1. Try something new together.

Be creative and find new and interesting things to do together. Though it takes a little energy, the rewards are worth it. Preferably choose something that neither of you have ever tried. This adds to the relationship, the fun of exploring new things together.

These are the things we do when we first begin to date, the fun things that keep us in a state of anticipation and relaxation. This is something that one can do to keep that sense of excitement and expectation alive.

2. Remember to laugh.

Humor is a cure for almost everything. Even in our darkest moments of despair, we can smile and laugh at some quirky or funny event, or some memory. Be playful, watch comedies, go to comedy clubs, etc. Fill your relationship with laughter.

3. Become a foodie.

When we are new to a relationship, food can become an aspiring component. The old adage, that “the way to a man’s heart, is through his stomach,” has a grain of truth to it.

We must all eat to survive, and our culture has made eating, cooking, and kitchen comfort a part of our everyday lives. So be creative, ham it up. Take cooking lessons, cook together, and cook for one another. It’s all part of the grooming, caring, taking care of, that is so essential to the relationship.

4. Make life an adventure.

Go to new and different physical locations. It does not have to be a grand trip. It can simply be a weekend road trip. When you move your head to a different pillow in a different place, your defenses drop away and you become more open to one another.

5. Always keep each other’s confidences.

Never, ever share with friends the intimate experiences and conversations that arise in relationship. Trust is based on experience, and if either partner hears their conversations and experiences casually bantered about in the public domain, trust can be easily broken and hard to re-establish.

6. Be honest.

Integrity is essential to relationships. That means to be honest about everything, including money. In my experience as a parenting and family expert, money is one of the most common reasons for fighting.

7. The Empathic Process

When a relationship is in trouble, it is important to communicate in an empathic way. Empathy helps to put things in perspective. This means to dialogue without defense, to listen to each other in an intimate way, by holding hands or touching, in a neutral environment, without accusation or blame.

Take turns dialoguing and then dialogue together, to try to come to a compromise or solution. The most important part of the empathic process is to listen without defense. This creates a safe space in which to return again and again, and work out problems.

Author(s)

  • Dr. Gail Gross

    Author and Parenting, Relationships, and Human Behavior Expert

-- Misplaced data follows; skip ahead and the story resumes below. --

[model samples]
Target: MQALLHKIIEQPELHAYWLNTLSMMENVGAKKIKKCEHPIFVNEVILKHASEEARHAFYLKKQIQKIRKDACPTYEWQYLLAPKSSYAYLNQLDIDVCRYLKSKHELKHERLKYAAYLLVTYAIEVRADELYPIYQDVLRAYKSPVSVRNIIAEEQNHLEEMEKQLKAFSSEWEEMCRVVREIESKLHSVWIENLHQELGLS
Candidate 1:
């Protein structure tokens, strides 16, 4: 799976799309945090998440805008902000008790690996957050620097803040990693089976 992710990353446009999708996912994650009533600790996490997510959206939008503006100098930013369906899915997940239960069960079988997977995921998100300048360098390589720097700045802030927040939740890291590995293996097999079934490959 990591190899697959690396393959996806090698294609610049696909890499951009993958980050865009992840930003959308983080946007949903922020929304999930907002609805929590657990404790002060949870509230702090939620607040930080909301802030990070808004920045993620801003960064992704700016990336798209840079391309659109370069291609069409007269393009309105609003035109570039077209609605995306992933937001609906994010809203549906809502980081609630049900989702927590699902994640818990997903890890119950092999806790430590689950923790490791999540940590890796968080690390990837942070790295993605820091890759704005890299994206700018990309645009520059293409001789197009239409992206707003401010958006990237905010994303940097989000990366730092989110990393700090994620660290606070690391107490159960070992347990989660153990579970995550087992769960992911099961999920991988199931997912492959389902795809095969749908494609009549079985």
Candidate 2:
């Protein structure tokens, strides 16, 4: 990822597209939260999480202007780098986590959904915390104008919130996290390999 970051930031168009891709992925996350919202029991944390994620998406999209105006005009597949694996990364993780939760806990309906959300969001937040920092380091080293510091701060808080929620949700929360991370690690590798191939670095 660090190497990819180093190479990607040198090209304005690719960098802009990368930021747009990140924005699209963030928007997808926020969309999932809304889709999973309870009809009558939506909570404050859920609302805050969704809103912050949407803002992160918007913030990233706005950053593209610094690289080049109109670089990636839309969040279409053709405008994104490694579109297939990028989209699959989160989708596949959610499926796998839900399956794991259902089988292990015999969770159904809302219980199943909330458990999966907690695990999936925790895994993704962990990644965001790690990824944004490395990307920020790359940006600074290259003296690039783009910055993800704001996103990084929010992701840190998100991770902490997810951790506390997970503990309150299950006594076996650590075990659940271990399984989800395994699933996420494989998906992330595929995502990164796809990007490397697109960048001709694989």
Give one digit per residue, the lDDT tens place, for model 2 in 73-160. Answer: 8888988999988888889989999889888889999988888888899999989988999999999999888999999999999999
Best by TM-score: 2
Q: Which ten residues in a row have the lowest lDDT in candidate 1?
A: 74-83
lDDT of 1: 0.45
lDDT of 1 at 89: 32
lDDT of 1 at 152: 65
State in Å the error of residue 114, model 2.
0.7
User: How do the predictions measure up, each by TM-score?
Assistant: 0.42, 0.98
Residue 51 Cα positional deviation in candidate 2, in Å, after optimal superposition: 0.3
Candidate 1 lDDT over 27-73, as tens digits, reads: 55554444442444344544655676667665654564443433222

Dr. Gail Gross, Ph.D., Ed.D., M.Ed., a member of the American Psychological Association (APA) and member of APA Division 39, is a nationally recognized family, child development, and human behavior expert, author, and educator. Her positive and integrative approach to difficult issues helps families navigate today’s complex problems. Dr. Gross is frequently called upon by national and regional media to offer her insight on topics involving family relationships, education, behavior, and development issues. A dependable authority, Dr. Gross has contributed to broadcast, print and online media including CNN, the Today Show, CNBC's The Doctors, Hollywood Reporter, FOX radio, FOX’s The O’Reilly Factor, MSNBC, The New York Times, The Wall Street Journal, The Washington Post, Times of India, People magazine, Parents magazine, Scholastic Parent and Child Magazine, USA Today, Univision, ABC, CBS, and KHOU's Great Day Houston Show. She is a veteran radio talk show host as well as the host of the nationally syndicated PBS program, “Let’s Talk.” Also, Dr. Gross has written a semi-weekly blog for The Huffington Post and has blogged at EmpowHER.com since 2013. Recently, Houston Women's Magazine named her One of Houston's Most Influential Women of 2016. Dr. Gross is a longtime leader in finding solutions to the nation’s toughest education challenges. She co-founded the first-of-its kind Cuney Home School with her husband Jenard, in partnership with Texas Southern University. The school serves as a national model for improving the academic performance of students from housing projects by engaging the parents. Dr. Gross also has a public school elementary and secondary campus in Texas that has been named for her. Additionally, she recently completed leading a landmark, year-long study in the Houston Independent School District to examine how stress-reduction affects academics, attendance, and bullying in elementary school students, and a second study on stress and its effects on learning. Such work has earned her accolades from distinguished leaders such as the Dalai Lama, who presented her with the first Spirit of Freedom award in 1998. More recently, she was honored in 2013 with the Jung Institute award. She also received the Good Heart Humanitarian Award from Jewish Women International, Perth Amboy High School Hall of Fame Award, the Great Texan of the Year Award, the Houston Best Dressed Hall of Fame Award, Trailblazer Award, Get Real New York City Convention's 2014 Blogging Award, and Woman of Influence Award. Dr. Gross’ book, The Only Way Out Is Through, is available on Amazon now and offers strategies for life’s transitions including coping with loss, drawing from dealing with the death of her own daughter. Her next book, How to Build Your Baby’s Brain, is also available on Amazon now and teaches parents how to enhance their child’s learning potential by understanding and recognizing their various development stages. And her first research book was published by Random House in 1987 on health and skin care titled Beautiful Skin. Dr. Gross has created 8 audio tapes on relaxation and stress reduction that can be purchased on Amazon.com. Most recently, Dr. Gross’s book, The Only Way Out is Through, was named a Next Generation Indie Book Awards Silver Medal finalist in 2020 and Winner of the 2021 Independent Press Awards in the categories of Death & Dying as well as Grief. Her latest book, How to Build Your Baby’s Brain, was the National Parenting Product Awards winner in 2019, the Nautilus Book Awards winner in 2019, ranked the No. 1 Best New Parenting Book in 2019 and listed among the Top 10 Parenting Books to Read in 2020 by BookAuthority, as well as the Next Generation Indie Book Awards Gold Medal winner in 2020 and Winner of the 2021 Independent Press Awards in the category of How-To. Dr. Gross received a BS in Education and an Ed.D. (Doctorate of Education) with a specialty in Curriculum and Instruction from the University of Houston. She earned her Master’s degree in Secondary Education with a focus on Psychology from the University of St. Thomas in Houston. Dr. Gross received her second PhD in Psychology, with a concentration in Jungian studies. Dr. Gross was the recipient of Kappa Delta Pi An International Honor Society in Education. Dr. Gross was elected member of the International English Honor Society Sigma Tau Delta.